New airline pricing regulations make prices seem higher

Three cheers for US Transportation Secretary, Illinois’ own Ray LaHood. Thanks to his truth in pricing rules, the price airlines advertise for their flights is much closer to the price you’ll actually pay to fly.

The new rules, which went into effect last week, require carriers to include the cost of all mandatory fees and taxes in the advertised price of an airfare. Gone are the days when you found a great fare, then discovered the taxes would add more than a few bucks to that price, not to mention baggage fees and other “hidden” airfare costs.

“Airline passengers have rights, and they should be able to expect fair and reasonable treatment when booking a trip and when they fly,” U.S. Transportation Secretary Ray LaHood said in a press release. “The new passenger protections taking effect this week are a continuation of our effort to help air travelers receive the respect they deserve.”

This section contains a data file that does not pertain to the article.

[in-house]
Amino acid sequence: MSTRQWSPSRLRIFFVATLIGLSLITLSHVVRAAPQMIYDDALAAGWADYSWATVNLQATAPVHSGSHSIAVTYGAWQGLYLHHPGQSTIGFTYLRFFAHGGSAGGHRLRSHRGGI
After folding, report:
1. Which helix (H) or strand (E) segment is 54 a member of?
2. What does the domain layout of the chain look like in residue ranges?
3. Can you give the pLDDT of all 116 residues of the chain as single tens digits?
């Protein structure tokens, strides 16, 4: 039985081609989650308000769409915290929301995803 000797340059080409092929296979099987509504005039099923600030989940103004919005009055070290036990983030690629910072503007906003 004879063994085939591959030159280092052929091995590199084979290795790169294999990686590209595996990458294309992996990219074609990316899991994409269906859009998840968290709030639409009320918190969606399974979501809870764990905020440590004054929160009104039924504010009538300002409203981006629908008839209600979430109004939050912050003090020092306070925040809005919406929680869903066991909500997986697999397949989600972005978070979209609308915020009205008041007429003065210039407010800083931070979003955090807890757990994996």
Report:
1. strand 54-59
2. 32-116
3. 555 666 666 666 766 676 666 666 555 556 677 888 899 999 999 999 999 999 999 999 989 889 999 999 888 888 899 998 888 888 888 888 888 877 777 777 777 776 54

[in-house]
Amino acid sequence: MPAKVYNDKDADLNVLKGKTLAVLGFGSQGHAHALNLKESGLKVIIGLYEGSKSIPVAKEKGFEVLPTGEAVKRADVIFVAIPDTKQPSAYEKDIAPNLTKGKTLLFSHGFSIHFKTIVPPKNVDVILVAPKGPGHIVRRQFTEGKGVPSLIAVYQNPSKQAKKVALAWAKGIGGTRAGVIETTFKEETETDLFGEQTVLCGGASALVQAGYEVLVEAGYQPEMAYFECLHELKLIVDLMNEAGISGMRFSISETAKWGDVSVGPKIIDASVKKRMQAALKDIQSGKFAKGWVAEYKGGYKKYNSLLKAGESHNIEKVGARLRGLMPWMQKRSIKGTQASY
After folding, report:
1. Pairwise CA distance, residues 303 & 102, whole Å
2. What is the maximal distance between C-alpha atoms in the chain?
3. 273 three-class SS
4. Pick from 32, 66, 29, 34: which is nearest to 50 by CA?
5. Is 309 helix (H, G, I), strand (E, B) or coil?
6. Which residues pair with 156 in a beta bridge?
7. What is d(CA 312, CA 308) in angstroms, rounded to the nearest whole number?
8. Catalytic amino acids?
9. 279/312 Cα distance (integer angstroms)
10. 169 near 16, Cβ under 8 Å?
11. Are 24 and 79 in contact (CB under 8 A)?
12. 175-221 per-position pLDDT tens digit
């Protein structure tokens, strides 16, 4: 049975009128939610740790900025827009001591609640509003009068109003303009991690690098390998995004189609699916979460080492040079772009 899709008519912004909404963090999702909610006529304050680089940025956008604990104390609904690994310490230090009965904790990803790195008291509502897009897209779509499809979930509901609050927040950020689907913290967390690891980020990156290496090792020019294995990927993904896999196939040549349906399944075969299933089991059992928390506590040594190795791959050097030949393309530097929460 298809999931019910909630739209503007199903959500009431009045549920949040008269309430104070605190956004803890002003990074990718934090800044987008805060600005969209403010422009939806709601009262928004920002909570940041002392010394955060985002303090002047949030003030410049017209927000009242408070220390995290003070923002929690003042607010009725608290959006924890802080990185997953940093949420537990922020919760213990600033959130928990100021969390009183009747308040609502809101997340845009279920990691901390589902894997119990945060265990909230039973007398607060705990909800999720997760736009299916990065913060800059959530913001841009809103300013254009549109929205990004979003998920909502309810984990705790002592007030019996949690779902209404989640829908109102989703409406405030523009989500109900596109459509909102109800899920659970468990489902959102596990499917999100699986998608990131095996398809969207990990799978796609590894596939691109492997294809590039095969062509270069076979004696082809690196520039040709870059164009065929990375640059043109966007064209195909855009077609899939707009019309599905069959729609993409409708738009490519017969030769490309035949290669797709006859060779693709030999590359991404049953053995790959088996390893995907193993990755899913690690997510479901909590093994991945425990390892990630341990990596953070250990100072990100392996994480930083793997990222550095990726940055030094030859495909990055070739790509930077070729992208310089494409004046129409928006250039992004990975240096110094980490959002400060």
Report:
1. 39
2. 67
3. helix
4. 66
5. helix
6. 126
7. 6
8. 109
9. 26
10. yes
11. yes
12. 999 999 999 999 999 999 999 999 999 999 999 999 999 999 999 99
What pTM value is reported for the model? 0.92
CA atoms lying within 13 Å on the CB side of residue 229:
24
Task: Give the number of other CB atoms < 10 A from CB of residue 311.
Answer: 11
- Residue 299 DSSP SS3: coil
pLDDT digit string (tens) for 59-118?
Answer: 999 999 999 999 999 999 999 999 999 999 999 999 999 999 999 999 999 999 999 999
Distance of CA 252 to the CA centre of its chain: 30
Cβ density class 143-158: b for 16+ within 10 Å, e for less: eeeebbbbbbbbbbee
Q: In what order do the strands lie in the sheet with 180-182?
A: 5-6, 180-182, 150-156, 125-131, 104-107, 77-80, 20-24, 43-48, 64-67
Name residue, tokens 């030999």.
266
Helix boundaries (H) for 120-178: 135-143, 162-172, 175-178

Spirit Airlines, which claims to be a low-cost carrier, was so upset that it announced it would begin adding a $2 “Department of Transportation Unintended Consequences Fee.” As a consumer, I vote with LaHood: Spirit needs to more upfront about its fees, like the $5 to have an agent print a boarding pass and the fee I paid to carry on a bag-twice, once for each leg of my flight. It was the first and last time I flew Spirit.

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